Yesterday at MoMA, I took extra time this time in David Platzker’s 4’33” exhibit so I could dig into the Fluxus material a bit more. George Maciunas’ extraordinary chart of the entire history of art as seen through the other end of the Fluxus telescope was especially awesome. [The site for last year’s Fluxus exhibit has a huge image of Maciunas’ chart for close-up study.]
Fluxhouse™ model via Brooklyn Model Works
Trying to find a copy for myself, I headed to the Stendhal Gallery, the post-Fluxus home of the Maciunas/Fluxus legacy, as managed by Henry Stendhal. And that’s where I found out you can now buy a license for a Fluxhouse™.
The Fluxhouse™ [always with the ™] was George Maciunas’ concept for affordable, adaptable, lightweight, prefabricated housing to change the world The 1,900sf single-family house is raised on concrete piers, with structural flooring and cabinetry around the perimeter, a central kitchen/bath core, and with adaptable, non-loadbearing panels defining the spaces around a glassed-in courtyard garden. Originally, it was supposed to be made out of a cheap, environmentally friendly material like plastic.
When Stendhal’s George Maciunas Foundation showed a model of the Fluxhouse™ last year [above, built by Brooklyn Model Works], the story was a bit more complex. From The Architects’ Newspaper [via Fluxus Fndn]:
The Prefab Building System first appeared in plans that Maciunas and a sometime colleague, the pugnacious philosopher/musician/all-purpose gadfly Henry Flynt, devised in 1965 for a housing system in the Soviet Union, hoping to improve on the heavy concrete residences that Soviet builders had favored since 1960. Maciunas designed, and may have helped draft, Flynt’s pamphlet, which urged a return to the revolutionary aesthetics of the 1920s and an adoption of certain technologies that could democratize cultural power, including electric guitars, Buckminster Fuller domes, and Citroen 2CV cars. The Prefab System was part of this document. The Stendhal Gallery’s public presentation nearly erases this origin (thought a press-kit essay by Julia Robinson does mention it), perhaps to jettison what today appears as off-putting ideological baggage. It’s easy to accuse Flynt and Maciunas of naivete in attaching egalitarian hopes to the post Stallinist Soviet regime, but abstracting the design idea from any utopian context seems naïve in a different way.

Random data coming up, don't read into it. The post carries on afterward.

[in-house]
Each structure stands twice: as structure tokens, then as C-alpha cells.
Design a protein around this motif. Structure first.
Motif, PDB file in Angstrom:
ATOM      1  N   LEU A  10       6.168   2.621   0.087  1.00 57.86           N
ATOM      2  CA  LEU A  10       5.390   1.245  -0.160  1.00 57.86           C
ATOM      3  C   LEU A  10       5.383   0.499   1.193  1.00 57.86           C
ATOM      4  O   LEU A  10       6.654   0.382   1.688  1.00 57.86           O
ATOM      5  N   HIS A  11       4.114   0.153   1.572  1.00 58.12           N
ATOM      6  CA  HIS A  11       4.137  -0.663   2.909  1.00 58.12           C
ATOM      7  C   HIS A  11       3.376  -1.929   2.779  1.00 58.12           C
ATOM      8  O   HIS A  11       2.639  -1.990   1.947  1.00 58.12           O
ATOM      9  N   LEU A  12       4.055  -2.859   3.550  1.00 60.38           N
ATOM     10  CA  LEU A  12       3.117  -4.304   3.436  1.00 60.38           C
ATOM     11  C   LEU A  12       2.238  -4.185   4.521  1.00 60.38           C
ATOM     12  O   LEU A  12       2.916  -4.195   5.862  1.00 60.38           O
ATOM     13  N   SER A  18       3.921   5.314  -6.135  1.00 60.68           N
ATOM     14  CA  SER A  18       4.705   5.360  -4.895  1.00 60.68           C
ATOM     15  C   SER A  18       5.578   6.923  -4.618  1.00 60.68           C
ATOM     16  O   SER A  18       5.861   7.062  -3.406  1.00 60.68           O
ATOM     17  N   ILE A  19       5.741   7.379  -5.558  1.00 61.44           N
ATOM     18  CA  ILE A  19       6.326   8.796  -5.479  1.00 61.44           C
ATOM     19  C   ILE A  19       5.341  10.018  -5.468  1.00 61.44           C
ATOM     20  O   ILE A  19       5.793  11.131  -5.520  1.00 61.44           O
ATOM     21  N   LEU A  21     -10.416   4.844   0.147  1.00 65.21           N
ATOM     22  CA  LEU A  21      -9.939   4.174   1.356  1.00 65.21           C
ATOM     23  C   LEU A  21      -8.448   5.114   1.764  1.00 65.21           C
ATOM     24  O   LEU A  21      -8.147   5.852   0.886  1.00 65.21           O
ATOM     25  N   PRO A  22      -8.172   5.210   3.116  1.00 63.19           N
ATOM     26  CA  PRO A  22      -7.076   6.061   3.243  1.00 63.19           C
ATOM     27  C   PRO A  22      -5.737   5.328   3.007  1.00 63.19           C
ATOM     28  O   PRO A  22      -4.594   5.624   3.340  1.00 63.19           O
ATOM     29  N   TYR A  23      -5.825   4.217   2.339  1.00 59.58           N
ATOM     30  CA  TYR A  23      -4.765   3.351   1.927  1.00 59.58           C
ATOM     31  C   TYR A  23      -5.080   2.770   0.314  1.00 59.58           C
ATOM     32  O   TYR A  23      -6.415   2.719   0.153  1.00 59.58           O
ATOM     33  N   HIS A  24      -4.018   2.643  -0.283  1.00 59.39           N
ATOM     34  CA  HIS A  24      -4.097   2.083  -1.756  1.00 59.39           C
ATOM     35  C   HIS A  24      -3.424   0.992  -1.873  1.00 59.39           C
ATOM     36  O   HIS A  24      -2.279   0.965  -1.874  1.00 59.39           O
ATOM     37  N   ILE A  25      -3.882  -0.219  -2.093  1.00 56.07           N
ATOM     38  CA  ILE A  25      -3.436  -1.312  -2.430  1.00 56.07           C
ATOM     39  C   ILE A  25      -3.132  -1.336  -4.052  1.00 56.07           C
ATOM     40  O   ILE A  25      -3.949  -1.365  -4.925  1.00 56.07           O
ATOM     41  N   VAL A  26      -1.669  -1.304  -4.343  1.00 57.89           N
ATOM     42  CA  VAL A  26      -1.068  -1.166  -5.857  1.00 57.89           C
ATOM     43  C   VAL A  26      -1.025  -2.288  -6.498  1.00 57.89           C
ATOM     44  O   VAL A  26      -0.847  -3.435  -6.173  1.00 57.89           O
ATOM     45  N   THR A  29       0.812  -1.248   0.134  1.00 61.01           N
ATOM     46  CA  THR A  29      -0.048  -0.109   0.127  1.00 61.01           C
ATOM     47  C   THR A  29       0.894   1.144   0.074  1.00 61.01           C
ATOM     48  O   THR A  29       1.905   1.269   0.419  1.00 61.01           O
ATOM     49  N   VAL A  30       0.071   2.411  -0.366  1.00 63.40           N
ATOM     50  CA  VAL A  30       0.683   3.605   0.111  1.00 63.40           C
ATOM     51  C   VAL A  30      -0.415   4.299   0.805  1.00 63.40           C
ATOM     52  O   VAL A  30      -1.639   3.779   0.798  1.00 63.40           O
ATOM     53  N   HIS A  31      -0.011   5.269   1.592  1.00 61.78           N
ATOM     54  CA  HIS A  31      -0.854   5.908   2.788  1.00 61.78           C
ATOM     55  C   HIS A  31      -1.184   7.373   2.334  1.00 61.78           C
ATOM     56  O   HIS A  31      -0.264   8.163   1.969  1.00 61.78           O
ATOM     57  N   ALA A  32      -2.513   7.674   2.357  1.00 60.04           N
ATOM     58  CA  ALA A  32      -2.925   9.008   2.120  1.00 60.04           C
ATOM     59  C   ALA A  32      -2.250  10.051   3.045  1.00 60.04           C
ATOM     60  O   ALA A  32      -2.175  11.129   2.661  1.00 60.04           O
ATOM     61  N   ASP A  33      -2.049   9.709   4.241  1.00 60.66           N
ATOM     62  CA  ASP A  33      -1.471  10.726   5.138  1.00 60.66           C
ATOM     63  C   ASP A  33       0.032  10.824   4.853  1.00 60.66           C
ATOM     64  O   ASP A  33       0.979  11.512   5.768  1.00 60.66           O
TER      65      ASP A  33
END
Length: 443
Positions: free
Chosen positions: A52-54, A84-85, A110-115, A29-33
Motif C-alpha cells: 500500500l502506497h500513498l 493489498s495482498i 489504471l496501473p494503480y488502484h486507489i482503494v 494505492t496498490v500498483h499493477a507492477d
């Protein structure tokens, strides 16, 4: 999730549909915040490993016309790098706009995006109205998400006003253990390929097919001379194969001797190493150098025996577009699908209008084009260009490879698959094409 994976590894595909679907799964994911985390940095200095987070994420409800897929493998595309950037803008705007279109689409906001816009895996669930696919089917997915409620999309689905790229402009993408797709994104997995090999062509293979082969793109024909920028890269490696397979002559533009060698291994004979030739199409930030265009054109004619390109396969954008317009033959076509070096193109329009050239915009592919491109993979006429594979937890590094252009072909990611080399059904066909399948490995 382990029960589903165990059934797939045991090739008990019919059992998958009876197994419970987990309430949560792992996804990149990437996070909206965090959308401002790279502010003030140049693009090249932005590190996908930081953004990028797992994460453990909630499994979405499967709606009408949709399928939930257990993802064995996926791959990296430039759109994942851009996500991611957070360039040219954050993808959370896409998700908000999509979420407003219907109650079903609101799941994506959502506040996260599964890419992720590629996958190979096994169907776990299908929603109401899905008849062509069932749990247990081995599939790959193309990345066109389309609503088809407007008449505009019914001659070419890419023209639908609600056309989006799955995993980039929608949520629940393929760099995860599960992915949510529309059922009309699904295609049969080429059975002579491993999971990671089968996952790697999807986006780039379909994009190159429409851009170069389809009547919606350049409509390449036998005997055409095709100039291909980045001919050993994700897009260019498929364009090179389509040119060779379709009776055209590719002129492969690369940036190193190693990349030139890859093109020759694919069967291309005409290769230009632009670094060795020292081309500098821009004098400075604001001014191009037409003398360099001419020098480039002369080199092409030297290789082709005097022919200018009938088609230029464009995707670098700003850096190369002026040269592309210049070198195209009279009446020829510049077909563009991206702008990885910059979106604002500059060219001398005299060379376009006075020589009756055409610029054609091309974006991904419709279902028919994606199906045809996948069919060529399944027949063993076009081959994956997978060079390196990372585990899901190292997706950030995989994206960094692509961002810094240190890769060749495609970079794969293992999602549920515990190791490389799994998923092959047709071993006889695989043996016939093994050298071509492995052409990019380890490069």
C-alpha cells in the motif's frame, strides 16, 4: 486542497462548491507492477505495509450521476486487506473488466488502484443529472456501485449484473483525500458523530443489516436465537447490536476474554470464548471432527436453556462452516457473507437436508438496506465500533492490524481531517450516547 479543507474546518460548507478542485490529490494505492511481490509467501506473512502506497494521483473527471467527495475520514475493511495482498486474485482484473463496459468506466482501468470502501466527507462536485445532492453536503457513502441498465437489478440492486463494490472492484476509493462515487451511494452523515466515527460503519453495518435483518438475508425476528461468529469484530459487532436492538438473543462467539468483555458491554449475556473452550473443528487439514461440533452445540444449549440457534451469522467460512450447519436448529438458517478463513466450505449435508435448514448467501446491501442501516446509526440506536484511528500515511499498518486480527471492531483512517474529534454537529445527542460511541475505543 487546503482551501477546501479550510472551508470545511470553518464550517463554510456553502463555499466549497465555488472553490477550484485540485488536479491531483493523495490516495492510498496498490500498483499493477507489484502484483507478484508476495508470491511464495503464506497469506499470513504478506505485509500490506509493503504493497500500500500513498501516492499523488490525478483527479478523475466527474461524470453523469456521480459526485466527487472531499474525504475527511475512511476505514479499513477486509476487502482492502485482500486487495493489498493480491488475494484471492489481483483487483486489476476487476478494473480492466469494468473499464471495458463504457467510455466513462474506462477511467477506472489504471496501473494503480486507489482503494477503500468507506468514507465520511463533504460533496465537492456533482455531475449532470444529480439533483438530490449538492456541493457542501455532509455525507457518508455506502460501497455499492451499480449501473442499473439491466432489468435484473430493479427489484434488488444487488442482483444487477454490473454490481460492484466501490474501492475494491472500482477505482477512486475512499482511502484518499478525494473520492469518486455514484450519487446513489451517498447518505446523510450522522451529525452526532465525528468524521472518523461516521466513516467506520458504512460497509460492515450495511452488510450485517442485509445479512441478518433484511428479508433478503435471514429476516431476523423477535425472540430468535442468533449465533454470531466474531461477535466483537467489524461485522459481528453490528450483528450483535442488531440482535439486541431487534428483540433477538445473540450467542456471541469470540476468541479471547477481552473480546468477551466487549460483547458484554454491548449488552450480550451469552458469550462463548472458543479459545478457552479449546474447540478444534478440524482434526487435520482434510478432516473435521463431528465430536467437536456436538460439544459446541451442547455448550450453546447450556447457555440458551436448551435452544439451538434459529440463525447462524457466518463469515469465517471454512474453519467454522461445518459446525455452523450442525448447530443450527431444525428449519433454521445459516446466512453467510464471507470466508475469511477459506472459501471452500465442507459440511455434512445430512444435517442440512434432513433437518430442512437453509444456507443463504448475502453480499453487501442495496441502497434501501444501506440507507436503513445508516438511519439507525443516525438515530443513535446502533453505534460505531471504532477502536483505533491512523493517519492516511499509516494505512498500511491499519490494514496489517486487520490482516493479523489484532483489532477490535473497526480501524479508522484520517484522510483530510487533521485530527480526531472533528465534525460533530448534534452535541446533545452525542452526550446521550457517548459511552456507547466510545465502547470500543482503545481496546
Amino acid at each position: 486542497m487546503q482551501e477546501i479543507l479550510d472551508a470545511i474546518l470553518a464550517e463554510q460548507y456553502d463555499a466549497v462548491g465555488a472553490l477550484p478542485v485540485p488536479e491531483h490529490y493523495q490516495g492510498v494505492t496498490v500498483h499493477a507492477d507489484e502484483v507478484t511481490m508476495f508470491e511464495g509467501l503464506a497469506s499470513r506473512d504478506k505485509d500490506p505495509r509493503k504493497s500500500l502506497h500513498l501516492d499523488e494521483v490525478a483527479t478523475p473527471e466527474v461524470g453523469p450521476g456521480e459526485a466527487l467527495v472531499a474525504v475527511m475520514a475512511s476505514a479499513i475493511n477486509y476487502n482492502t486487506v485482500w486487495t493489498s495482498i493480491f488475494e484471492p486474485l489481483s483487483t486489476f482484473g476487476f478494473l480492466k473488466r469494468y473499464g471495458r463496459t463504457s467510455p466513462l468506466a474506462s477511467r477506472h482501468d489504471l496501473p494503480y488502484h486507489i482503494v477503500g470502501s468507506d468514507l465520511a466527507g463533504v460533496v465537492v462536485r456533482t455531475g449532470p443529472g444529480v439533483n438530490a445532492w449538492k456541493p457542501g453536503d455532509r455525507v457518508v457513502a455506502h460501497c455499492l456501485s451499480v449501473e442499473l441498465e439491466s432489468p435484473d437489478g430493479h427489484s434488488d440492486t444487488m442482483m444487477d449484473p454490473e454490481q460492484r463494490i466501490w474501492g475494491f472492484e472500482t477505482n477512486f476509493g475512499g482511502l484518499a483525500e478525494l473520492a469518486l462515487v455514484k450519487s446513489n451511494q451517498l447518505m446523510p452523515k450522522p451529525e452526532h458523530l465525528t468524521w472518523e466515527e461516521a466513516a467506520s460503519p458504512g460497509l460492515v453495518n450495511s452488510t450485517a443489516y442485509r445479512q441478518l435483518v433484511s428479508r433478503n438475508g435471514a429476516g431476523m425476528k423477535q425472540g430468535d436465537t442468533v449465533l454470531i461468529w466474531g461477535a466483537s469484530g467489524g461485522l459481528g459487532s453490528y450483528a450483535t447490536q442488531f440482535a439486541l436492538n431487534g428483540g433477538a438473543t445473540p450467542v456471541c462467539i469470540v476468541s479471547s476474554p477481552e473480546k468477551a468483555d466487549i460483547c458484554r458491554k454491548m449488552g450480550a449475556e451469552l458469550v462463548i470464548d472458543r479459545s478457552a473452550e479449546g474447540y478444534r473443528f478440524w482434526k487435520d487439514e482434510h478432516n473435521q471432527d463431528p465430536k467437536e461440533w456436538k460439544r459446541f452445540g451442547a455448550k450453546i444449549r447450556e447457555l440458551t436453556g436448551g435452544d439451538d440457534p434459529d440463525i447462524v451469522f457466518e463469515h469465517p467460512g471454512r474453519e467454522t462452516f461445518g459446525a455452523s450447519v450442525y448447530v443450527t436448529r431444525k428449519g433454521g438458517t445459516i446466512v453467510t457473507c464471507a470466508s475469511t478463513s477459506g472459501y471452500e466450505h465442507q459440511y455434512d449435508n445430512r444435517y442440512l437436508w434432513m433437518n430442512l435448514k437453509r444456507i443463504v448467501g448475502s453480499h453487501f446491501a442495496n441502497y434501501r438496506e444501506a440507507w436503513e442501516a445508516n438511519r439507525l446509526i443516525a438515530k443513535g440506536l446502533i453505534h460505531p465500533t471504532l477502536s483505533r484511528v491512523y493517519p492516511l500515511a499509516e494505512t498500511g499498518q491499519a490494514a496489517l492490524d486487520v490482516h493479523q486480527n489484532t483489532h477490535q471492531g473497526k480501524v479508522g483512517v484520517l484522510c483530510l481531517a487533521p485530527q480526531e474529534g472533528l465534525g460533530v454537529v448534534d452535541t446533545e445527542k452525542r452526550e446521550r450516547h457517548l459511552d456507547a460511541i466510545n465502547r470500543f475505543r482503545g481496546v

Henry Flynt’s involvement, whatever it may have been, doesn’t come up in the Fluxhouse™ pitch.
But when the Foundation still writes that “George Maciunas is best known as the ‘Father of Soho’ for colonizing and gentrifying this neighborhood from a post-industrial dystopia into a mecca for the arts,” it’s safe to say that building a Fluxhouse™ still involves a certain utopian naivete.
Which may or may not be described in the FluxCty™ Assessment Report, the product of a five-year effort to finally take the Fluxhouse™ beyond the concept sketch stage, and to turn it into a commercially viable prefab building system. And now, the next logical step in a universal housing solution: selling up to five licenses to build your own Fluxhouse™ Limited Edition [pdf]. With a 2012 estimate of construction costs at $7.50/sf,, or $14,250, the limited edition license may end being the most expensive part.
there are a lot of Fluxhouse-related links in the sidebar here [georgemaciunas.com]
Previously, and definitely related: Modernism’s embrace of systems, including George Nelson’s strikingly similar modular house system from 1958
Jan Kaplicky was a fan of Fritz Haller’s steel framing system
Kocher & Frey’s Aluminaire House, which, obv
From sketch to Vuitton marketing scheme: realizing Perriand’s beach house